Mullin said she approaches challenges as opportunities in her job and the people involved pose the greatest challenges. “Business leaders tend to be focused on the bottom line and when they want something done, they rely on IT to put appropriate measures in place. Often, IT will focus on the technology without focusing on what the business is trying to achieve,” she explained. “Bridging that disconnect between the business leaders and IT in a language they can both understand becomes the largest and most important challenge I face.”
Kathleen Ann Mullin, CISA, CISM, CGEIT, CRISC, CIA, CISSP, is a member of the CGEIT Certification Committee and is the IT systems security manager for Hillsborough County Aviation Authority (Tampa International Airport).
2011-2012 Invitation to Participate Application Deadline Near
The invitation to participate application period will close on Friday, 25 February 2011. This is your final opportunity to apply to participate on the 2011-2012 ISACA® boards, committees and subcommittees.
The 2011-2012 Invitation to Participate provides a great opportunity for those who would like to volunteer with ISACA in a hands-on environment, collaborating with peers to ensure successful certification programs, comprehensive professional conferences and educational resources that are representative of professional standards and sound infrastructures.
The selection of volunteers is based upon the current needs of the groups, the relevant professional background of the candidates and the need to reflect a global perspective. All appointments are for a one-year term and are ratified by the Board of Directors.
For more information and to apply to be an ISACA volunteer, visit the Volunteering page of the ISACA web site.
Report Says Best-performing Organizations Are Using COBIT
A new report by the IT Policy Compliance Group (ITPCG), titled “How the Masters of IT Deliver More Value and Less Risk,” reveals findings from research conducted on organizations with the best-performing IT and what they are doing differently with IT to deliver the most value and least risk, compared with all other organizations. The major findings reveal several management practices, tools and supporting IT systems that are unique to the “masters of IT.”
According to the report, the masters of IT are using COBIT, IT balanced scorecards and IT portfolio management to improve alignment and deliver more value. The report states, “The use of COBIT, IT portfolio management, IT balanced scorecards and IT strategy maps were found to be emerging management tools in 2005 and 2006, were more widely adopted by 2008, and by 2010 are the principle strategic tools being employed by the best-performing organizations to manage and govern value and risk related to the use of IT.”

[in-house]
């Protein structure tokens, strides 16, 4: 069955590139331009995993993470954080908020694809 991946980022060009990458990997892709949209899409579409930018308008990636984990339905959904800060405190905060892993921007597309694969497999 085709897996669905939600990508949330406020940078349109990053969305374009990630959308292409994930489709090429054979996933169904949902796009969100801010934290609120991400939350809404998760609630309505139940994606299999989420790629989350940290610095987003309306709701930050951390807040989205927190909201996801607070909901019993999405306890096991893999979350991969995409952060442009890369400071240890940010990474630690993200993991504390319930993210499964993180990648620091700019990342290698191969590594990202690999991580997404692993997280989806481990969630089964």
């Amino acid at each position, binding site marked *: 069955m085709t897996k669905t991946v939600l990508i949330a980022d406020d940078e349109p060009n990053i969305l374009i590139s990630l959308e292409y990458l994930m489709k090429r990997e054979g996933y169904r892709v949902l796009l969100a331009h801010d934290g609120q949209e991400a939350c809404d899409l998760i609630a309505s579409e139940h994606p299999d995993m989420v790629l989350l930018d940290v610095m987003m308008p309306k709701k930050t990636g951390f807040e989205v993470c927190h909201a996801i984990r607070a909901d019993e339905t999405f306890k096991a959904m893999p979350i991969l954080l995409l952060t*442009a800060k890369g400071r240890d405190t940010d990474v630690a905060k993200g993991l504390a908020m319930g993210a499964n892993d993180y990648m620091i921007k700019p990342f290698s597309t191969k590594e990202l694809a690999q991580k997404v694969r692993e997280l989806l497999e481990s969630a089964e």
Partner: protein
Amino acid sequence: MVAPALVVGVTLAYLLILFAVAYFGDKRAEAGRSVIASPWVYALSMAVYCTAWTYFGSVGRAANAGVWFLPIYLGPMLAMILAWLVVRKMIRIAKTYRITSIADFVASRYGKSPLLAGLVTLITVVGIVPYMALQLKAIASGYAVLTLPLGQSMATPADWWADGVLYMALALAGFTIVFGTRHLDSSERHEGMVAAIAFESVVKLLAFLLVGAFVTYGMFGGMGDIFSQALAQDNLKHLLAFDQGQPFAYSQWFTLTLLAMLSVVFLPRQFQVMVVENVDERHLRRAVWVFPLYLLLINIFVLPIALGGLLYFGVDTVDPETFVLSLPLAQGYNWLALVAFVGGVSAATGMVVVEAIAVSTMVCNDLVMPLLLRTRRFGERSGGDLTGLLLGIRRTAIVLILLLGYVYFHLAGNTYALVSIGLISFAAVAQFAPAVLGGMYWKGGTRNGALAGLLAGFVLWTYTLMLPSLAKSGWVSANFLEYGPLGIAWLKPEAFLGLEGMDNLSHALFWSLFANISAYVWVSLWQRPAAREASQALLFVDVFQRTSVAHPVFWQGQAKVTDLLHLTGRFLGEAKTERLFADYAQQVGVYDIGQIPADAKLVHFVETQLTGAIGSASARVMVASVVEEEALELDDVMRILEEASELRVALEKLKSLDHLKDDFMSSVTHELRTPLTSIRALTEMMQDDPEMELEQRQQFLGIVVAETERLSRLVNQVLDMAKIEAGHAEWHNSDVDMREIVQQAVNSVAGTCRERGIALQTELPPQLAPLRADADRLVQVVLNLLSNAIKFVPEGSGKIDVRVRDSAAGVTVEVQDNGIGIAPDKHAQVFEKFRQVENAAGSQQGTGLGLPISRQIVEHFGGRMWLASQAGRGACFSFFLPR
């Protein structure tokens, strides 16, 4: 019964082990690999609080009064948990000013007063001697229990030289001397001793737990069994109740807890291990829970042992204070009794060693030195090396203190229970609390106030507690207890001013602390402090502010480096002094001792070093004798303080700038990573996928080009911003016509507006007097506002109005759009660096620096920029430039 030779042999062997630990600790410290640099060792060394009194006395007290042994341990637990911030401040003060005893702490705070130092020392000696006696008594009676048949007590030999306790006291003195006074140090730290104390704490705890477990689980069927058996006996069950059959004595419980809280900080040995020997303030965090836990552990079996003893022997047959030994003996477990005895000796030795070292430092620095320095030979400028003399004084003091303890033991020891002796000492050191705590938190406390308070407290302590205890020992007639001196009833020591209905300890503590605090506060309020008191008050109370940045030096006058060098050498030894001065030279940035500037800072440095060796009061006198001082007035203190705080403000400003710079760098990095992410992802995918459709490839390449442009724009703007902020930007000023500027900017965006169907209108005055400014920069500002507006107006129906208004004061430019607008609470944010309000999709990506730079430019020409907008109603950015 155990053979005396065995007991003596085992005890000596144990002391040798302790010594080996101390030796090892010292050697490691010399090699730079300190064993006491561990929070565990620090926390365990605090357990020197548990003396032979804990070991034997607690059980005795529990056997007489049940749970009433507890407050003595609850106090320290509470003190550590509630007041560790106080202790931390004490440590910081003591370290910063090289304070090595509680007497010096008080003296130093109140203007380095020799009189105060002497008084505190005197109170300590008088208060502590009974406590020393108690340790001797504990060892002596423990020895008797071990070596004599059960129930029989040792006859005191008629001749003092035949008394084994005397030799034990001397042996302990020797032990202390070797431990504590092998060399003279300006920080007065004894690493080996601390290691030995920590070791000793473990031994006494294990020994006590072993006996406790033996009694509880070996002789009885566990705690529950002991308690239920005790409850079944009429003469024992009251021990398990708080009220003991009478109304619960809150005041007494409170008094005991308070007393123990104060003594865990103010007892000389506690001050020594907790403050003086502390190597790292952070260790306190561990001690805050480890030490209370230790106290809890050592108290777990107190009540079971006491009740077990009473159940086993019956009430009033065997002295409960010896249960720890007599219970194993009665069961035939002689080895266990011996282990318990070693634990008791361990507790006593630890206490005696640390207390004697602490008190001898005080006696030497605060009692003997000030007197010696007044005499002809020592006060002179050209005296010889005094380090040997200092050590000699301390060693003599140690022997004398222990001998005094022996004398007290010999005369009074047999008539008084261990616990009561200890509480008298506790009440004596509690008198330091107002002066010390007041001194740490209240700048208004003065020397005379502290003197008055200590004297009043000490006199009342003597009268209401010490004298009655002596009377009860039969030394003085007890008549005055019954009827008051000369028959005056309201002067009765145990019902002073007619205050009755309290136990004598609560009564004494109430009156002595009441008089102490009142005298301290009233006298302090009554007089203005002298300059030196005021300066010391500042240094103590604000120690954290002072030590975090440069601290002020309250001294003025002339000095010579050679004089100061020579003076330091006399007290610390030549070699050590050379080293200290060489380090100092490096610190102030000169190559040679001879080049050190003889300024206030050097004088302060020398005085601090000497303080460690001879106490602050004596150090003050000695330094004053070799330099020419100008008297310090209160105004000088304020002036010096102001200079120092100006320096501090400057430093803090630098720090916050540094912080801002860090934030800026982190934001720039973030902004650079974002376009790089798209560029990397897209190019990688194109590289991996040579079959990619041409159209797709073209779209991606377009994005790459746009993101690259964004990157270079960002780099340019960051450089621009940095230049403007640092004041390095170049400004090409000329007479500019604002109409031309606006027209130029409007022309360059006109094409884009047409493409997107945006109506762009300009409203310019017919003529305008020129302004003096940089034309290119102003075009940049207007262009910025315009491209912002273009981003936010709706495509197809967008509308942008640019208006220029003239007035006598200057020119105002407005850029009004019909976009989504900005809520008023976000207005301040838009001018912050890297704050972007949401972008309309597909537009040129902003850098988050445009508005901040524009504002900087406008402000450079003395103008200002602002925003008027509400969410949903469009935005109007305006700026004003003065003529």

This widespread adoption confirms previous findings, including the use of COBIT to manage and govern the value being delivered by IT and the use of IT governance, risk and compliance (GRC) systems with COBIT. According to the report, “COBIT is now the principle strategic tool employed to manage value and risk related to the use of IT.”
The report points out that the COBIT management tools go beyond strategic alignment by including delivery of value, management of risk, measurement and assessment of performance. Because of this, the report states, when it comes to managing value and risk related to the use of IT, the best-in-class organizations consistently take the same actions: governance of IT via the use of COBIT and the preservation of value and management of risk through the use of IT GRC systems, COBIT, ISO and CIS benchmarks.
The full report is on the ITGI Global Survey Results page of the ISACA web site. More information on COBIT can be found on the COBIT page.
Updated CISA Online Review Course
The CISA® Online Review Course has been updated to include the new 2011 CISA certification job practice, which is now in place and posted on the ISACA® web site. This update reflects the reorganization of and revision to the task statements and knowledge statements in the 2011 CISA job practice.
One of the major changes in the new job practice is the incorporation of domain 6 from the previous job practice into job domains 2 and 4. The updated CISA Online Review Course reflects this change. The 5 updated course modules are:
- Module 1—CISA: The Process of Auditing Information Systems
- Module 2—CISA's Role in IT Governance
- Module 3—CISA's Role in Systems and Infrastructure Life Cycle Management
- Module 4—CISA's Role in IT Service Delivery and Support
- Module 5—CISA's Role in Protection of Information Assets
The number of continuing professional education (CPE) hours (26) and the seat time (26 hours) to complete the course remain the same.